During my first trip I decided to take a snack break whilst sat on a grass bank overlooking a very shallow glide of water. Whilst eating I was watching a very small trout rising to take something pretty much invisible off the surface. When I say I was watching a trout, actually I wasn’t – I knew it was there from the regular splashy rises but I absolutely could not see the fish despite it only being in three or four inches of water and less than a rod length from where I was sat. From my slightly elevated position on the bank I could see every pebble on the bottom, even with the tea-stained water colour that is typical for the Dee. After finishing my snack bar I decided I’d try and catch the fish, and sure enough it took the Klink first cast. Admiring this four or five inch fish in my hand for a moment before the release, a thought struck me about just how perfect their camouflage is for the environment they’re in. The deep brown across its back blending into black spots, each with a chrome halo, which in turn give way for red spots as the flank transitions to golden yellow before the white under-belly is a colour scheme that sounds like it should stick out like a sore thumb, but it doesn’t – somehow it works perfectly.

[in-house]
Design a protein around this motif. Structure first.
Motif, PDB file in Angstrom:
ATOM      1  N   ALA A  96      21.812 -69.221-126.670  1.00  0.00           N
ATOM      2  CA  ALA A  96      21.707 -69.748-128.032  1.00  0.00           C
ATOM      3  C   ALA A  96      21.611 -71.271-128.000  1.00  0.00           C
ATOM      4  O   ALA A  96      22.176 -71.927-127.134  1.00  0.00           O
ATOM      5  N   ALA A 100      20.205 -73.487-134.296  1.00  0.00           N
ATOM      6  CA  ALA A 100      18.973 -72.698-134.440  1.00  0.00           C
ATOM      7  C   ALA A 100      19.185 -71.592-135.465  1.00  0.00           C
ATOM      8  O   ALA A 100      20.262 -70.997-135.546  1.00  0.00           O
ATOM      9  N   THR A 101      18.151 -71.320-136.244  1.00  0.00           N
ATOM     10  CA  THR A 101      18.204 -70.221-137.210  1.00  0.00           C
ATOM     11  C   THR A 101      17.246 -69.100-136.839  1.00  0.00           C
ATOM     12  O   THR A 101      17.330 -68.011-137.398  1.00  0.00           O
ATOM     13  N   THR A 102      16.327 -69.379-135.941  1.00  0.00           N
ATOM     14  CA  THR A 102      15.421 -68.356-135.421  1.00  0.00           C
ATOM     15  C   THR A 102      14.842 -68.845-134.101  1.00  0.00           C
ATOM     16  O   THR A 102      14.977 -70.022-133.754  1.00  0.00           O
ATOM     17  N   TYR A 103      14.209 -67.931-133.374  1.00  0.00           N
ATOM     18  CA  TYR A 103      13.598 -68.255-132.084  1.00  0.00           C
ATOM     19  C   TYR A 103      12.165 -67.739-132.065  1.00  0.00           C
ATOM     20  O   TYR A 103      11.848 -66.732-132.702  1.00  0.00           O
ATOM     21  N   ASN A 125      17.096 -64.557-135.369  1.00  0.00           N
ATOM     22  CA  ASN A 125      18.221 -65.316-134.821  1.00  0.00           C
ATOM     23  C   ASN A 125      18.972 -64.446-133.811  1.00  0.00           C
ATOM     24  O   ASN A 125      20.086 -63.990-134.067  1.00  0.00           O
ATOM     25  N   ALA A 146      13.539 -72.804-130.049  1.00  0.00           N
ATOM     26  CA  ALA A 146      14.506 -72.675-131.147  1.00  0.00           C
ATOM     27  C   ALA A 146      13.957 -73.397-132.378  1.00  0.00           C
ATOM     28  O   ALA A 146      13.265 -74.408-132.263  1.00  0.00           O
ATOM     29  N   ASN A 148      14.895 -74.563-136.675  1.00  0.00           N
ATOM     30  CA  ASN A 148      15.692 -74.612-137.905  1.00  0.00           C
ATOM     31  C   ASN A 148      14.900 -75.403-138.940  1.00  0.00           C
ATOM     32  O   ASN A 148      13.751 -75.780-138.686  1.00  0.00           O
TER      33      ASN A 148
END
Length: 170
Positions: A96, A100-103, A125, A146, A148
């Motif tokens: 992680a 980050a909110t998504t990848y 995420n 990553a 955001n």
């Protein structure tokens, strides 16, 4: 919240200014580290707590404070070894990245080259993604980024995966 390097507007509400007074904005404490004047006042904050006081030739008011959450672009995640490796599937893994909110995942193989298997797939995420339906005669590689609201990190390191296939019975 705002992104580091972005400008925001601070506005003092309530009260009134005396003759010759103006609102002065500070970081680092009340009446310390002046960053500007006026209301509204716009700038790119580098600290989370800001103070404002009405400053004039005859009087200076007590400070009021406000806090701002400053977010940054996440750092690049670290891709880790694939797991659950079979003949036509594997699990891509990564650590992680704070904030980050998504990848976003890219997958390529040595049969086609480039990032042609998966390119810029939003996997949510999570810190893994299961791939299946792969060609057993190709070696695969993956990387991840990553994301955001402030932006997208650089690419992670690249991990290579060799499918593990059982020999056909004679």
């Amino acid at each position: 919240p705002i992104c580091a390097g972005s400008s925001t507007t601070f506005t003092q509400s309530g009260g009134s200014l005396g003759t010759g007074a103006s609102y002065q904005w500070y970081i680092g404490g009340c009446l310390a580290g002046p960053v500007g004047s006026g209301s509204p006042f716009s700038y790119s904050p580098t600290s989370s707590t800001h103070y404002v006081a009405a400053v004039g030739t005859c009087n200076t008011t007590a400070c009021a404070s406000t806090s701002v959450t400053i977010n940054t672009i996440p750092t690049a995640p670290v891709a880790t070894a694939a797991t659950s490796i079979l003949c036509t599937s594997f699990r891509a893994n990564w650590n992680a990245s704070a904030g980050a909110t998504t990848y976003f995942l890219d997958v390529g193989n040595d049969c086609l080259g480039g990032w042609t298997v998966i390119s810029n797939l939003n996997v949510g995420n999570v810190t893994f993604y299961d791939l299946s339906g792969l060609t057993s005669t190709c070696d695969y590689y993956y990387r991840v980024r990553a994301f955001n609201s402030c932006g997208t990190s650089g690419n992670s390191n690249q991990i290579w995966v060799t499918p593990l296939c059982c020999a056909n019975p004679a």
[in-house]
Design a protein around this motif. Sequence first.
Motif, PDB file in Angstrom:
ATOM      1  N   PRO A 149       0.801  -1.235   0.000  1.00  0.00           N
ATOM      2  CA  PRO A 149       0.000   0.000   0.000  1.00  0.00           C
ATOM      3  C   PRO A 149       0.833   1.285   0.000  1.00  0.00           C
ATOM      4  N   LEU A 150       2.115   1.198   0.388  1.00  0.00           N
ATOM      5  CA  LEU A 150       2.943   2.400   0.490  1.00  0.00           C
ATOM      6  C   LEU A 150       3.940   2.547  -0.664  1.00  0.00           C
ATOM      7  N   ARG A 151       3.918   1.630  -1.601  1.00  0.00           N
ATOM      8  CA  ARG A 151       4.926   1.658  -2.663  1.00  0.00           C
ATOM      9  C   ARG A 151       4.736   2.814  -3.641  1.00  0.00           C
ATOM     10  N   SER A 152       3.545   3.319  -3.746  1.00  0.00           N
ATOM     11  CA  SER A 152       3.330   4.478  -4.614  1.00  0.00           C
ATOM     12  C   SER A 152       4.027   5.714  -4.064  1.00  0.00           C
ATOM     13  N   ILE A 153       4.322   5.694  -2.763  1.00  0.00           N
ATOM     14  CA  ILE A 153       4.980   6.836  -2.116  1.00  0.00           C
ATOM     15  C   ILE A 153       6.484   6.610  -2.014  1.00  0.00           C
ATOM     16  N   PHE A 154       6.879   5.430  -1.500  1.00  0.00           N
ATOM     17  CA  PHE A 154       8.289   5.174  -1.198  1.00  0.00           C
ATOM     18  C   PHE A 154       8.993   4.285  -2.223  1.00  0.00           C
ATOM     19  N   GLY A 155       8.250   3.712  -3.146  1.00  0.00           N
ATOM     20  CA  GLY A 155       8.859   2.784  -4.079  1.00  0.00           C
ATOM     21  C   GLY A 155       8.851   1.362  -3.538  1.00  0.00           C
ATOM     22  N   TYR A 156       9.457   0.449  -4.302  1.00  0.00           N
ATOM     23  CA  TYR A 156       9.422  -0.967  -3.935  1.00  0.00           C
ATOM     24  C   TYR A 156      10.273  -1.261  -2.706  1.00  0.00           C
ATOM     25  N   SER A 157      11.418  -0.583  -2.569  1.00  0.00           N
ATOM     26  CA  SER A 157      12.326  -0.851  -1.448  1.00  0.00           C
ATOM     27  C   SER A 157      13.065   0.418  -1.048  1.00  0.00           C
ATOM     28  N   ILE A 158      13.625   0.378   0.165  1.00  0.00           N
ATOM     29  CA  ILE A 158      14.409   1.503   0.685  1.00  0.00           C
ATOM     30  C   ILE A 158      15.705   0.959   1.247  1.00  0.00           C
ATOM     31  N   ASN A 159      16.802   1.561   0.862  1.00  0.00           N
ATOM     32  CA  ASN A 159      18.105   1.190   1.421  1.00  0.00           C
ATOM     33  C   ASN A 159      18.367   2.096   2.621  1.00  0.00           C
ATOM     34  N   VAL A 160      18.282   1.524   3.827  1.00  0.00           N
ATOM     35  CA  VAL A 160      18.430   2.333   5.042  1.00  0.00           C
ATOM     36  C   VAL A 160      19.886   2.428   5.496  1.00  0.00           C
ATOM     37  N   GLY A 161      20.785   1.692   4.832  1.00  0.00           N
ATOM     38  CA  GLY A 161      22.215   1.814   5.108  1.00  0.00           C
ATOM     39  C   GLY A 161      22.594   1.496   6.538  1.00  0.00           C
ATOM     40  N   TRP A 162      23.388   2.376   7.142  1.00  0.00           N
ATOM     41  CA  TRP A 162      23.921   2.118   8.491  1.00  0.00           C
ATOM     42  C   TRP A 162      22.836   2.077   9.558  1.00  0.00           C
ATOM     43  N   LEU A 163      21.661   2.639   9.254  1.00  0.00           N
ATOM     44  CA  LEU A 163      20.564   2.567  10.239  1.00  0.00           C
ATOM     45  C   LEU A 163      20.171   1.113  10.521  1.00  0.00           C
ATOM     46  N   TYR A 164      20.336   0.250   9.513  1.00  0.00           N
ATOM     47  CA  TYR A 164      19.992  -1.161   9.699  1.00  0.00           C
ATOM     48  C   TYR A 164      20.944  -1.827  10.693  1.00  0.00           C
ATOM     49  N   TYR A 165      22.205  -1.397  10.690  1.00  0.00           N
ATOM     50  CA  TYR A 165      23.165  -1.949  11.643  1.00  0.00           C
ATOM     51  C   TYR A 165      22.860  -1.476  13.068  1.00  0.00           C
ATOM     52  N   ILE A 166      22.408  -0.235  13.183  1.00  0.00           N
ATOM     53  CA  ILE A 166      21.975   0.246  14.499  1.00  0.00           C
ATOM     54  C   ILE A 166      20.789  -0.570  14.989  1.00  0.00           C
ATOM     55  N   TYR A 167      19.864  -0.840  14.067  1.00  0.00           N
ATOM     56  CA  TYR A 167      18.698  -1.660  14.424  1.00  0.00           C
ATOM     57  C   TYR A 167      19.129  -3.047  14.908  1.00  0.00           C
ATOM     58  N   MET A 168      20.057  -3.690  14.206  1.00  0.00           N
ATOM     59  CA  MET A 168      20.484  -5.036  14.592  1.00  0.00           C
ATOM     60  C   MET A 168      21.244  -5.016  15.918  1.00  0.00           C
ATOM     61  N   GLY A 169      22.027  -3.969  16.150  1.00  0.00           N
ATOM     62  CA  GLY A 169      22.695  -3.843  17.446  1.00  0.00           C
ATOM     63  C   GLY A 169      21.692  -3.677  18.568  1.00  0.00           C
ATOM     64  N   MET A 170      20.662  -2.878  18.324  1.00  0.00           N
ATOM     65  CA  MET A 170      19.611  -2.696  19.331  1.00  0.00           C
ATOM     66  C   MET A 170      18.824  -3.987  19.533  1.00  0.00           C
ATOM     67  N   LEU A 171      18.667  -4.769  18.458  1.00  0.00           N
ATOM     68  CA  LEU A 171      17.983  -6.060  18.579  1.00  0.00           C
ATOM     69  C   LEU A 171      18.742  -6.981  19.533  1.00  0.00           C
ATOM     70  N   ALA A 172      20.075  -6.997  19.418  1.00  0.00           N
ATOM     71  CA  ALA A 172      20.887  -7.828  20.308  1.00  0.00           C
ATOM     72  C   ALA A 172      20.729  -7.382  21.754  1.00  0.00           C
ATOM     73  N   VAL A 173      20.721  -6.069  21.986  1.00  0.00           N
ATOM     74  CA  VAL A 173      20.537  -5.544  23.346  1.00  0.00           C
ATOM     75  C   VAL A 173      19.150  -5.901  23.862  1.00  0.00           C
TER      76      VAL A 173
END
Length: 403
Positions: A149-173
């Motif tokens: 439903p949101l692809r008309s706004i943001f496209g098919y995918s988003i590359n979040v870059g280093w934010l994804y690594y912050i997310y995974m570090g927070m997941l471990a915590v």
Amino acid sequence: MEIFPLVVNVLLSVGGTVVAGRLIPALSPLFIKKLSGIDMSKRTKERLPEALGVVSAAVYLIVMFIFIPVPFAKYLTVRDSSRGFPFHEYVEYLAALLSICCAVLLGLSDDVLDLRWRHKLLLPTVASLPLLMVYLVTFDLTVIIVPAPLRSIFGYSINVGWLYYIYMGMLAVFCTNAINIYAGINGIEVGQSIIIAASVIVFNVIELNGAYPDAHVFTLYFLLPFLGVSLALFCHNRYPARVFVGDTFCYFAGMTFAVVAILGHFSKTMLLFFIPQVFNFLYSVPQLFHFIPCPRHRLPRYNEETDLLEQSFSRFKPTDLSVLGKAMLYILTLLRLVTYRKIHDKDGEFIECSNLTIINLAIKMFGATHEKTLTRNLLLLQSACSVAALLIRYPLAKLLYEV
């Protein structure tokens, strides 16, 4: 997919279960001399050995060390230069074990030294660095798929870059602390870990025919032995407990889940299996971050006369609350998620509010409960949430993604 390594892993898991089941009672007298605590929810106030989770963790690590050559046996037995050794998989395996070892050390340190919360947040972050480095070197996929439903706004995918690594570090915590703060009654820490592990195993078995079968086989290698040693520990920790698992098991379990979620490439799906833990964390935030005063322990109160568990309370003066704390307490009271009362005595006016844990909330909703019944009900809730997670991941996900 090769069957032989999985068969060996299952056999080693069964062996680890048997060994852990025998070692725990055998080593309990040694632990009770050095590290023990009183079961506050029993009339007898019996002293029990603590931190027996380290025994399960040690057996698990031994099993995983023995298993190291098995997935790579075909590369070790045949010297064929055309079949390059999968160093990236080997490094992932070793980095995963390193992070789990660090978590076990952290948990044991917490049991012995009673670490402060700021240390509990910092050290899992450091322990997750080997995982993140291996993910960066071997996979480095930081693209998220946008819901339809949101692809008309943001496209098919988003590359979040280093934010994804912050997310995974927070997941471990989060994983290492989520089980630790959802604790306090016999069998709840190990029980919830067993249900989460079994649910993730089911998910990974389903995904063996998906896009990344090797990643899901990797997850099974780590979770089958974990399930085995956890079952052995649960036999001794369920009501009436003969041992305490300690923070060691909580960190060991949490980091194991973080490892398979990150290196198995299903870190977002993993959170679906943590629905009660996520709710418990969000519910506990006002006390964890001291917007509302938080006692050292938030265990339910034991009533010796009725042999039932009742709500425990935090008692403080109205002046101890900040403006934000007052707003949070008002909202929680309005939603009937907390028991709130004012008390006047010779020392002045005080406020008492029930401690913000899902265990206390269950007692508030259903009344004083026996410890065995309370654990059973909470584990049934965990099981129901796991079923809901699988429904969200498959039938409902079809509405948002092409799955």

As I walked back to the car I was still pondering the colouration of this Dee trout. It then dawned on me that I don’t think I’ve ever seen a trout in the river! Sure, I know where they are when they’re rising, but I can’t recall ever watching a trout in that river. You could suggest that perhaps I’m not the best fish spotter, however I don’t seem to have any issues on other rivers – even in the Elwy close to my home, which shares a similar colour ‘tinge’ to the Dee, the small trout can be spotted with relative ease especially if you stand and watch for a minute or two. As such, I think there’s something special about a Dee brown trout – they’ve blended so perfectly into their background that they’re invisible.
Hopefully I’ll get out again soon to not spot some fish. All the best,